MJ’s Musings: Book Bingo-Single Word Title: BEACHCOMBER

One of the Book Bingo Squares this year was “Single Word Title.” I chose a Karen Robards romantic suspense I had not read before: BEACHCOMBER.

To be honest, I thought parts of this book were silly. Let’s see. There was a female attorney on the run from the mob and her ex-fiance (who turned out to be a mobster), an FBI agent posing as a beach bum, a serial killer, and a cranky stray cat. My favorite character was the cat.

I usually love Robards’ romantic suspense books–I own several–so I was surprised when this one didn’t do it for me.

Two stars.

MJ Monday: MJ’s Music-Something Rotten Sound Track

A couple of years ago, one of my crit partners saw the musical SOMETHING ROTTEN on Broadway. She immediately dashed out and purchased the CD of the sound track. On our next excursion into the woods, she shared the plot and the music with us.

We fell in love.  Several of us (myself included) also purchased the music. One of the songs, “It’s Hard to Be the Bard” has become our anthem. We listen to the sound track on every road trip we do together.

Last fall, a touring version of the show was in a nearby city. I dragged TV Stevie to see it. He enjoyed it. He didn’t love it the way I do,  but he enjoyed it, and even asked to listen to the sound track the next day.  I purchased a tote bag at the show.

I am my local RWA chapter’s Book-in-a-Week Babe this year, and I use the tote bag to hold the monthly prizes as I dole them out, while “It’s Hard to Be the Bard” blares from my phone.



MJ’s Musings: If Her Nora-ness Can Write…

I have been reading Nora Roberts’ Chronicles of the One and enjoying every word. Can’t wait for book three, The Rise of Magicks to come out in a couple of weeks.

Book one, Year One, reminded me of Stephen King’s The Stand on so many levels. Of course, every other reader of The Stand said the same thing. That doesn’t make the trilogy any less compelling. After all, there are only between six and 1,462 plots in the world (depending on who’s speaking). Everything else is a variation on a theme.  Story ideas, especially from the best, are going to overlap.

A couple of years ago, I had a disturbingly vivid dream. Upon waking I transcribed  the  dream as the opening scene of a novel and read it to my RWA chapter’s critique group later that morning.  One member said, “It sounds kind of like A Handmaid’s Tale.” I had heard of this book, but hadn’t read it. The series had not yet been shown on TV. It may have been in production at the time, but if so, I wasn’t aware of it.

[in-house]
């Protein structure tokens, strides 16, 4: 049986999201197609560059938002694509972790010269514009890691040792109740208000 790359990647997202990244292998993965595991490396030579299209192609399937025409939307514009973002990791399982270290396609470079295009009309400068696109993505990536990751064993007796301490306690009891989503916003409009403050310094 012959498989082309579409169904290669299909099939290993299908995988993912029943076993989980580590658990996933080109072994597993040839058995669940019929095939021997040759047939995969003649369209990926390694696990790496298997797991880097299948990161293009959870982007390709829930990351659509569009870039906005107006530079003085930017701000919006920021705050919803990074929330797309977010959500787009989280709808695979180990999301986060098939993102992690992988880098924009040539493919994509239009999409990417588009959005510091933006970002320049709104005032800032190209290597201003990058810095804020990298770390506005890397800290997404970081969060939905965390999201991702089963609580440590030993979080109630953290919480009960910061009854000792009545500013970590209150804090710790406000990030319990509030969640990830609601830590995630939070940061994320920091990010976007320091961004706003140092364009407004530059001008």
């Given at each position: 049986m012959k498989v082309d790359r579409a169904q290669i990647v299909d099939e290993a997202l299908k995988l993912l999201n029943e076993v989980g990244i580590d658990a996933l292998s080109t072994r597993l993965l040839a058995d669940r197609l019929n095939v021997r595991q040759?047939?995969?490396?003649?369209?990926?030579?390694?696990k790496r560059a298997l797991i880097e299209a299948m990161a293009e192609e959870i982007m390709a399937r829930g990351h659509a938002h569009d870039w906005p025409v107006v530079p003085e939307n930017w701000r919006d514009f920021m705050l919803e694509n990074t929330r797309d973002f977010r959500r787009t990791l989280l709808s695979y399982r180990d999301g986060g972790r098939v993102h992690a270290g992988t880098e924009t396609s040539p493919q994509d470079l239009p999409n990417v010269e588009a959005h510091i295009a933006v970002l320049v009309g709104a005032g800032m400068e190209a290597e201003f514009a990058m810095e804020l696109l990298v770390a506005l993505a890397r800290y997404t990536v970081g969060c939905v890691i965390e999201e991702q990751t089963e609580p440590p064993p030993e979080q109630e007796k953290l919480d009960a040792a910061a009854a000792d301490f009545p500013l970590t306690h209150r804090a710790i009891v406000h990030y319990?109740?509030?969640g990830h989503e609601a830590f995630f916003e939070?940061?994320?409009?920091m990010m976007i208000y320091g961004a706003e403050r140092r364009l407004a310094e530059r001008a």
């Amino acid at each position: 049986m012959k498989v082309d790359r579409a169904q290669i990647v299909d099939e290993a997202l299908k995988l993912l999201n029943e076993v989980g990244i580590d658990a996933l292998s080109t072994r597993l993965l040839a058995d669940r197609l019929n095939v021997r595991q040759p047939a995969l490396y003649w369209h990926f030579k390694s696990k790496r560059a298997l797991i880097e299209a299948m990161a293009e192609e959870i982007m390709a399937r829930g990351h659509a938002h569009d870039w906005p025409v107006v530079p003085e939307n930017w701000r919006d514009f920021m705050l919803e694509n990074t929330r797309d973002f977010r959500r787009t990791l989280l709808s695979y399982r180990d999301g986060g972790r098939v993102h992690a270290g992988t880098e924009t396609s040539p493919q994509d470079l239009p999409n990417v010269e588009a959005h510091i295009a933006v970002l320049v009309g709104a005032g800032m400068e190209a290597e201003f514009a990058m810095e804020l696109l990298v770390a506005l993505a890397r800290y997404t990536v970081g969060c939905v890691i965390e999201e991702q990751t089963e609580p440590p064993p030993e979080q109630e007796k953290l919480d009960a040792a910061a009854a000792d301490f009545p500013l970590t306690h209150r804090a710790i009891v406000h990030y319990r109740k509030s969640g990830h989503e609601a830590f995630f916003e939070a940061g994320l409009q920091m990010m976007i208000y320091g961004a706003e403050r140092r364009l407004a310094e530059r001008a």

I wrote the book in a couple of months. It’s a dystopian tale that went through several title changes before I settled on The Eleventh Sybil.  I thought the story was powerful. My critique group agreed. I started shopping the book to agents.

By this time, A Handmaid’s Tale was airing. Sales of the novel surged.  A sequel was in the works. I read Atwood’s book while I was writing mine. They are not the same story.

Yet one agent wrote back: “I’ve read this before.”

If I were Nora Roberts, submitting Year One, would the agent say the same thing?

Okay, I get it: she’s Nora,and I’m not. But that doesn’t mean my story doesn’t deserve a fair reading.

MJ Monday: MJ’s Movies-What’s Cooking?

I’ve seen this movie only twice, but that doesn’t stop it from being my favorite Thanksgiving movie of all time.

It is the story of four ethnically different families preparing for  then participating in Thanksgiving dinner.  As one reviewer said, “There’s stress, there’s food, and there’s stressing over food.” The ensemble cast is wonderful.

My favorite part is the variety of textures. Textures in stories matter a lot to me, and this movie sets the tone for each of the cultures by using textures.

I’m truly surprised the movie isn’t better known.

MJ’s Musings: SEP-Lady Be Good

Lady Be Good is not one of my favorite SEP novels. I don’t particularly like Emma (the heroine) or Kenny (the hero). I’m not a fan of golf.  The plot is absurd.  A prim-and-proper British schoolmarm wants to create a scandal to avoid marriage to a stuffed shirt back home, while the disgraced golfer she’s decided to use as a boy toy is bent on changing his image so he can resume his career on the green. Good goals, good motivation, nice conflict. But for some reason the story doesn’t do it for me. Of course the novel is well-written, laugh-out-loud funny at times, but I don’t care enough about either of them to care if either one succeeds.

My favorite character is Kenny’s sister, Torie. She’s strong, she’s quirky, she has baggage. Her love interest, the geeky Dexter, is wonderfully sexy.  I wish more of the story focused on them.